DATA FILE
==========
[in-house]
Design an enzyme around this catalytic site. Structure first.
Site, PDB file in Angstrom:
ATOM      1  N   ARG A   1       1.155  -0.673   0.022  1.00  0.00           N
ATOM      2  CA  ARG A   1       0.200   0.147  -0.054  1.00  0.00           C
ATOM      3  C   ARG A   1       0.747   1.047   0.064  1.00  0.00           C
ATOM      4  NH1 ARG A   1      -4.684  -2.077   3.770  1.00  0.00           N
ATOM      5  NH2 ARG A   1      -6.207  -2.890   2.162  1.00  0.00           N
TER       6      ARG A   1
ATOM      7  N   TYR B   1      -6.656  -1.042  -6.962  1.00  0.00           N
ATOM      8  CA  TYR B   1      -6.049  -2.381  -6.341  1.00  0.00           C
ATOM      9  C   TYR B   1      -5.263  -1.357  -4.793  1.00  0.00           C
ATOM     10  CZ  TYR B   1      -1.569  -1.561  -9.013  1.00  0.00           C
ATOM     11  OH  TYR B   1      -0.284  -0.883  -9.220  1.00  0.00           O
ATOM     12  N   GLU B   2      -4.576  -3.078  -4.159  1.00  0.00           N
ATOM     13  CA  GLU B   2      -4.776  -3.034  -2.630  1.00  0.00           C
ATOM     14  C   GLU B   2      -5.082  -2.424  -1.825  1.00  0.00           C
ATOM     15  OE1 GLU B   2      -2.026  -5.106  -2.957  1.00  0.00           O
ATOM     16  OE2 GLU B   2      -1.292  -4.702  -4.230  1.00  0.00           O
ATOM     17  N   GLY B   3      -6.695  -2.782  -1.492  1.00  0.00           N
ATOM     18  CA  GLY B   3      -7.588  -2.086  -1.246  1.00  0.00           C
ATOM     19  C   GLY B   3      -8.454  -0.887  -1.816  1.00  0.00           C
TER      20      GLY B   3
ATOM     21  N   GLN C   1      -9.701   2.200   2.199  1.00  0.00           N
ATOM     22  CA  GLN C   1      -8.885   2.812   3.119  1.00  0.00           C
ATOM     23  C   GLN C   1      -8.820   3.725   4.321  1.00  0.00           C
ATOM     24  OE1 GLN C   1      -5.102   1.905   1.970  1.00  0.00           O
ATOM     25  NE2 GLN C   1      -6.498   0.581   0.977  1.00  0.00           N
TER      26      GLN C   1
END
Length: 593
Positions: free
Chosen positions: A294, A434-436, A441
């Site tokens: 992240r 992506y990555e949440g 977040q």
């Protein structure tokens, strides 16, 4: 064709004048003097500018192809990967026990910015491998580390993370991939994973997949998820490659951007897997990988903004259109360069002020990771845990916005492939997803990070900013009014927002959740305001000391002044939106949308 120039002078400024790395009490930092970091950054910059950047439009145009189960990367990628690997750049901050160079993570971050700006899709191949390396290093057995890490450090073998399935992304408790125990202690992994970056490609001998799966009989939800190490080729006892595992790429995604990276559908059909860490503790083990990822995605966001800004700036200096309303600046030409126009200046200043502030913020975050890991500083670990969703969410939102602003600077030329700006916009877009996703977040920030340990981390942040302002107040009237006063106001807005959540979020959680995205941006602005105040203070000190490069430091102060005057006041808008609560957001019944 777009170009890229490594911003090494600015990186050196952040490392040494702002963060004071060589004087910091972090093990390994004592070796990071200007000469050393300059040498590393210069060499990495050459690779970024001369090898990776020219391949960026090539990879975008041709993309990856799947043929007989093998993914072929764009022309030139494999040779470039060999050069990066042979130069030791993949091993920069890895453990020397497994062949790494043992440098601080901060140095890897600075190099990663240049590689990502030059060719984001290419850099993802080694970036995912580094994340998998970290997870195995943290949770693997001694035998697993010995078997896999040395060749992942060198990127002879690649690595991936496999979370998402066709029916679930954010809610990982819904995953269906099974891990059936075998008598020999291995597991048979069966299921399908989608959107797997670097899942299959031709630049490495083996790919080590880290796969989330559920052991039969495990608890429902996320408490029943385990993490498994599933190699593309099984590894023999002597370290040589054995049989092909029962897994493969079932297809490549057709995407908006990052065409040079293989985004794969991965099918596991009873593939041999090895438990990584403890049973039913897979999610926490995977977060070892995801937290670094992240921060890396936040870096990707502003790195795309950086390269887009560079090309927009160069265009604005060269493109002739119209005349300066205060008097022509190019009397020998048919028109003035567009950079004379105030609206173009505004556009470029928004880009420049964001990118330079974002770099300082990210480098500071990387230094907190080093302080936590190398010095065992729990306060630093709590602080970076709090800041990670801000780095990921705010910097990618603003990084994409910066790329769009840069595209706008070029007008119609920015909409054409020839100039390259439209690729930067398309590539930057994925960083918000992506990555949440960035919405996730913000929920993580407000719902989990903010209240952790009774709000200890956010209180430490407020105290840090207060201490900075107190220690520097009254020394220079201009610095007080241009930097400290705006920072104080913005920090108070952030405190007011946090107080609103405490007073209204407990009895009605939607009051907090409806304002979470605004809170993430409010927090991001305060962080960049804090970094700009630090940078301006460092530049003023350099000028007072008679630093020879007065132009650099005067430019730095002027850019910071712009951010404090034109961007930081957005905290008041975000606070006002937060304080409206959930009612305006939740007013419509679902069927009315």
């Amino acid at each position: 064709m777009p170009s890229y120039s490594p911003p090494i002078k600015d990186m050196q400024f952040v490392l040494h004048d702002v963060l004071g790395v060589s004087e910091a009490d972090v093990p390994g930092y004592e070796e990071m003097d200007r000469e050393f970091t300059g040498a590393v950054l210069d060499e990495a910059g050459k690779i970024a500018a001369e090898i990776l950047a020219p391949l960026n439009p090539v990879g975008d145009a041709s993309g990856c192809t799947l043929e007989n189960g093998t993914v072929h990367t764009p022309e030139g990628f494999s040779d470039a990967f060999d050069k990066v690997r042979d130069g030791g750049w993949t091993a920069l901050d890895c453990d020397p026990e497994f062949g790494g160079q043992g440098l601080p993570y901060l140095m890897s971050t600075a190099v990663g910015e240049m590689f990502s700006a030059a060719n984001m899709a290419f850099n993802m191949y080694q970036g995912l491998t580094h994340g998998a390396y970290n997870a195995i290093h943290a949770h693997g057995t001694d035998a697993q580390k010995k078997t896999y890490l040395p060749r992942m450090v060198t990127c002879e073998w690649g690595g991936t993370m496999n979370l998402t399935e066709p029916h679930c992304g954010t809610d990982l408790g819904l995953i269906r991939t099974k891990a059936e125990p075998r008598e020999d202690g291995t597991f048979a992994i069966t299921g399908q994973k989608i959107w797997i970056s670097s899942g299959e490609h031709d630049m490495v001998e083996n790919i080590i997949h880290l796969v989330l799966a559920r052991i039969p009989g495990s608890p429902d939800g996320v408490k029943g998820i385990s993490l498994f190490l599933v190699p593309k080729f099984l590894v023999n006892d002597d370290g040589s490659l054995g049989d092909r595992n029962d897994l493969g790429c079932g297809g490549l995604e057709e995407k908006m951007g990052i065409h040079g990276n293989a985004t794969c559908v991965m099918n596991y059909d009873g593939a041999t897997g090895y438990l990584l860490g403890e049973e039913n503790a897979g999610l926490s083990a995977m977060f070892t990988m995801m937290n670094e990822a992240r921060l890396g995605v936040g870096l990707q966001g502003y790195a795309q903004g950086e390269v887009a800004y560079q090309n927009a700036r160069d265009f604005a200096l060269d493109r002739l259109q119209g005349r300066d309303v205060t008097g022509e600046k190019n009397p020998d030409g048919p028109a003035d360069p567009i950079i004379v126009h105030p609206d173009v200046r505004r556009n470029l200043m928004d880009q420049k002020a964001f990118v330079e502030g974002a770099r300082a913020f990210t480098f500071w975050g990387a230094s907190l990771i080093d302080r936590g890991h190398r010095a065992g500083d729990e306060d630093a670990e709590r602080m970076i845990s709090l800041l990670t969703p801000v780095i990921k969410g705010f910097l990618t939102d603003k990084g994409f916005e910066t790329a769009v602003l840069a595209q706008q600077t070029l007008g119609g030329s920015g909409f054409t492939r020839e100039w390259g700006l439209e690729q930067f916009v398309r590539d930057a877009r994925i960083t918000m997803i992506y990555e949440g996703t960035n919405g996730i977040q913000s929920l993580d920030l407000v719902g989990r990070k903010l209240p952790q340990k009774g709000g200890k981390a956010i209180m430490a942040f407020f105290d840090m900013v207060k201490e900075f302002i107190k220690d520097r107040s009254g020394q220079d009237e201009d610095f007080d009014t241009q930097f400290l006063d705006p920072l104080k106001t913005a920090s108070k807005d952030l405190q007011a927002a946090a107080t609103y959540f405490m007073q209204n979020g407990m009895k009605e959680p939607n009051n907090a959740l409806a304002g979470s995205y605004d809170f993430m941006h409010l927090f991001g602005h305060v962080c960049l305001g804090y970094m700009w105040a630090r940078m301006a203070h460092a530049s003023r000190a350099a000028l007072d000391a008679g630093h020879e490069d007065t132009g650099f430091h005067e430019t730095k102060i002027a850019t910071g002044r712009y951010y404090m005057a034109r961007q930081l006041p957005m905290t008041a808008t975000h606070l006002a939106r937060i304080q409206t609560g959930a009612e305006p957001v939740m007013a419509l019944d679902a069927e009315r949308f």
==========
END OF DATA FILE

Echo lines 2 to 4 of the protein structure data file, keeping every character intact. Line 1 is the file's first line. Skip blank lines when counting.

Design an enzyme around this catalytic site. Structure first.
Site, PDB file in Angstrom:
ATOM      1  N   ARG A   1       1.155  -0.673   0.022  1.00  0.00           N